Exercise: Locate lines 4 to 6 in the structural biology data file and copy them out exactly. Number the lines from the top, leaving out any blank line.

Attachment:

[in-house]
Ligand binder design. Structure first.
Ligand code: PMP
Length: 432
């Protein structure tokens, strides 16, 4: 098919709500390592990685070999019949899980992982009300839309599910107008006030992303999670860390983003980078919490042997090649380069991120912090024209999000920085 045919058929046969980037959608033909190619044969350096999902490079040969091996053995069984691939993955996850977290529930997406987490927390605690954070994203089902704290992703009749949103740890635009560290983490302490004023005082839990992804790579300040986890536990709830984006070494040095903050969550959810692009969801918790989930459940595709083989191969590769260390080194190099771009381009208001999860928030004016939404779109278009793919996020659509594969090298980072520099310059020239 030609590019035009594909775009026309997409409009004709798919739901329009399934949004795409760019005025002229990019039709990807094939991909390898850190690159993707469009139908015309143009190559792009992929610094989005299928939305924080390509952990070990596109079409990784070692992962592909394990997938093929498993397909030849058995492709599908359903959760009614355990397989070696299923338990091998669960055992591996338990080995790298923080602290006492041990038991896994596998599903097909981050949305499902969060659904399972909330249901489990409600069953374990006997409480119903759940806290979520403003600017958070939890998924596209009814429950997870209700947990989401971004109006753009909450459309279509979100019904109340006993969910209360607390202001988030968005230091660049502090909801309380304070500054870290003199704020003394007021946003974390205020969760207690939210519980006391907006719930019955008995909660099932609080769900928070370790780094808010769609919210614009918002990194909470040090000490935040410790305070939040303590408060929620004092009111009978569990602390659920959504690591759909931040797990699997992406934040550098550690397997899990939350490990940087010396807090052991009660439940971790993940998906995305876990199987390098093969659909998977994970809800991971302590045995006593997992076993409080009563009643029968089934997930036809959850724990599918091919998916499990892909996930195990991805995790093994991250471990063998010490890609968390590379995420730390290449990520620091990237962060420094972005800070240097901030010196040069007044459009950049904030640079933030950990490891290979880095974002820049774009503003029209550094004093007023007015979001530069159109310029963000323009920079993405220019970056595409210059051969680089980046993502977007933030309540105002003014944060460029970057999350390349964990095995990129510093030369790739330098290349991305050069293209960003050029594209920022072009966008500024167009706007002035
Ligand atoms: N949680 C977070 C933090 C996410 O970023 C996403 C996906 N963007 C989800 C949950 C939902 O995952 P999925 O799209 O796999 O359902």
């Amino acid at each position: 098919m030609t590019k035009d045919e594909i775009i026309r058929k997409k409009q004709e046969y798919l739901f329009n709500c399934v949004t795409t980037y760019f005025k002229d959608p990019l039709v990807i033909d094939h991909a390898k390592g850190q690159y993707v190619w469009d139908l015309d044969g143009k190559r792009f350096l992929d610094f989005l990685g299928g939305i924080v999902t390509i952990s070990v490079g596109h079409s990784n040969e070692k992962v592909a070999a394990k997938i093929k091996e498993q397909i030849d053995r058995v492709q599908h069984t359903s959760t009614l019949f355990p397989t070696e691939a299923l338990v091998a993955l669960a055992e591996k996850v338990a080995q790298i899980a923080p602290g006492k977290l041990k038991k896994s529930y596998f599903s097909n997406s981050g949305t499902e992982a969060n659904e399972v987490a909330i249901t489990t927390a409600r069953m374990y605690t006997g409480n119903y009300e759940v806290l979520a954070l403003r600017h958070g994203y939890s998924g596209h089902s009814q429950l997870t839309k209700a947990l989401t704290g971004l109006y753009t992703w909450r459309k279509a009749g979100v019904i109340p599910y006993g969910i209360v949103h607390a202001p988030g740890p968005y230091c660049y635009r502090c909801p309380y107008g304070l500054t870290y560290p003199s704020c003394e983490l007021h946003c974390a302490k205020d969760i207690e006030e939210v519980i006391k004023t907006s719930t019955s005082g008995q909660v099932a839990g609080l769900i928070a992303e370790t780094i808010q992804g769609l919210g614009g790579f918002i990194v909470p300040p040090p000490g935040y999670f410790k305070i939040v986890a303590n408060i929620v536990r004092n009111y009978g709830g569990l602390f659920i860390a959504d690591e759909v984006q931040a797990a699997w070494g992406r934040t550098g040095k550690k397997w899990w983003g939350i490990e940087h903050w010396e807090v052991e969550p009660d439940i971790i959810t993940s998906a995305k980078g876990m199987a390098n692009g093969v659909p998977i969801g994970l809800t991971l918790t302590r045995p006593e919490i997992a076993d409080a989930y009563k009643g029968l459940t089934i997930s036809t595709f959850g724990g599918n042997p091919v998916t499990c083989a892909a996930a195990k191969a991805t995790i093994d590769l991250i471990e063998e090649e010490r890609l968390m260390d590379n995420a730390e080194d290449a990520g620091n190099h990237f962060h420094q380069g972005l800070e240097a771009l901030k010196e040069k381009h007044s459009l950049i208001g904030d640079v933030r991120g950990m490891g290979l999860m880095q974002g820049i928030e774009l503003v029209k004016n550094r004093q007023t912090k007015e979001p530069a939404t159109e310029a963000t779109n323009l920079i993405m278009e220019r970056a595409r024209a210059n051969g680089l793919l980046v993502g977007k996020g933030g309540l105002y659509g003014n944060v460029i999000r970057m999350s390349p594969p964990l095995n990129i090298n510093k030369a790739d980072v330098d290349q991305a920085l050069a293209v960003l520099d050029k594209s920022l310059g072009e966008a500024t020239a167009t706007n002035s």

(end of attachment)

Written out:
Length: 432
């Protein structure tokens, strides 16, 4: 098919709500390592990685070999019949899980992982009300839309599910107008006030992303999670860390983003980078919490042997090649380069991120912090024209999000920085 045919058929046969980037959608033909190619044969350096999902490079040969091996053995069984691939993955996850977290529930997406987490927390605690954070994203089902704290992703009749949103740890635009560290983490302490004023005082839990992804790579300040986890536990709830984006070494040095903050969550959810692009969801918790989930459940595709083989191969590769260390080194190099771009381009208001999860928030004016939404779109278009793919996020659509594969090298980072520099310059020239 030609590019035009594909775009026309997409409009004709798919739901329009399934949004795409760019005025002229990019039709990807094939991909390898850190690159993707469009139908015309143009190559792009992929610094989005299928939305924080390509952990070990596109079409990784070692992962592909394990997938093929498993397909030849058995492709599908359903959760009614355990397989070696299923338990091998669960055992591996338990080995790298923080602290006492041990038991896994596998599903097909981050949305499902969060659904399972909330249901489990409600069953374990006997409480119903759940806290979520403003600017958070939890998924596209009814429950997870209700947990989401971004109006753009909450459309279509979100019904109340006993969910209360607390202001988030968005230091660049502090909801309380304070500054870290003199704020003394007021946003974390205020969760207690939210519980006391907006719930019955008995909660099932609080769900928070370790780094808010769609919210614009918002990194909470040090000490935040410790305070939040303590408060929620004092009111009978569990602390659920959504690591759909931040797990699997992406934040550098550690397997899990939350490990940087010396807090052991009660439940971790993940998906995305876990199987390098093969659909998977994970809800991971302590045995006593997992076993409080009563009643029968089934997930036809959850724990599918091919998916499990892909996930195990991805995790093994991250471990063998010490890609968390590379995420730390290449990520620091990237962060420094972005800070240097901030010196040069007044459009950049904030640079933030950990490891290979880095974002820049774009503003029209550094004093007023007015979001530069159109310029963000323009920079993405220019970056595409210059051969680089980046993502977007933030309540105002003014944060460029970057999350390349964990095995990129510093030369790739330098290349991305050069293209960003050029594209920022072009966008500024167009706007002035
Ligand atoms: N949680 C977070 C933090 C996410 O970023 C996403 C996906 N963007 C989800 C949950 C939902 O995952 P999925 O799209 O796999 O359902």